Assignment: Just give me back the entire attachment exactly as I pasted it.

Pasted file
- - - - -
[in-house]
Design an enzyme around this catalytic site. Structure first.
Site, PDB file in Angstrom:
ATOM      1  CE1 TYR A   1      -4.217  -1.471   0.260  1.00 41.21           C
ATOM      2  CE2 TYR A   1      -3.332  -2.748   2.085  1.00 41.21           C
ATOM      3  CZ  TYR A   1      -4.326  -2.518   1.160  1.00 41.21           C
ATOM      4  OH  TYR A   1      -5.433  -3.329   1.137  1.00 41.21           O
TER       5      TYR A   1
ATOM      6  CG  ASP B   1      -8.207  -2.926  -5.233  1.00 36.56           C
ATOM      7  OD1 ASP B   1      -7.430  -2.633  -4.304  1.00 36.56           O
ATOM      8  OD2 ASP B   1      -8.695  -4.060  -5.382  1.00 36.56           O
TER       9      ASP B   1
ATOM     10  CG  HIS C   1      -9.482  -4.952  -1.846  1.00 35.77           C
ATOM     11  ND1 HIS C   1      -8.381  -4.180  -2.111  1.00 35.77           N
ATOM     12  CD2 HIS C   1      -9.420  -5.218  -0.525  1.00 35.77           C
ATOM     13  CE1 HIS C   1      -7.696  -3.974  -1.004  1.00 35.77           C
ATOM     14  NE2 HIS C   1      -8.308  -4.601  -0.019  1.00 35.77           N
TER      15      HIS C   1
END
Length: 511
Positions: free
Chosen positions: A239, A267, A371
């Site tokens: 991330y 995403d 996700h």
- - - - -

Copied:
[in-house]
Design an enzyme around this catalytic site. Structure first.
Site, PDB file in Angstrom:
ATOM      1  CE1 TYR A   1      -4.217  -1.471   0.260  1.00 41.21           C
ATOM      2  CE2 TYR A   1      -3.332  -2.748   2.085  1.00 41.21           C
ATOM      3  CZ  TYR A   1      -4.326  -2.518   1.160  1.00 41.21           C
ATOM      4  OH  TYR A   1      -5.433  -3.329   1.137  1.00 41.21           O
TER       5      TYR A   1
ATOM      6  CG  ASP B   1      -8.207  -2.926  -5.233  1.00 36.56           C
ATOM      7  OD1 ASP B   1      -7.430  -2.633  -4.304  1.00 36.56           O
ATOM      8  OD2 ASP B   1      -8.695  -4.060  -5.382  1.00 36.56           O
TER       9      ASP B   1
ATOM     10  CG  HIS C   1      -9.482  -4.952  -1.846  1.00 35.77           C
ATOM     11  ND1 HIS C   1      -8.381  -4.180  -2.111  1.00 35.77           N
ATOM     12  CD2 HIS C   1      -9.420  -5.218  -0.525  1.00 35.77           C
ATOM     13  CE1 HIS C   1      -7.696  -3.974  -1.004  1.00 35.77           C
ATOM     14  NE2 HIS C   1      -8.308  -4.601  -0.019  1.00 35.77           N
TER      15      HIS C   1
END
Length: 511
Positions: free
Chosen positions: A239, A267, A371
């Site tokens: 991330y 995403d 996700h």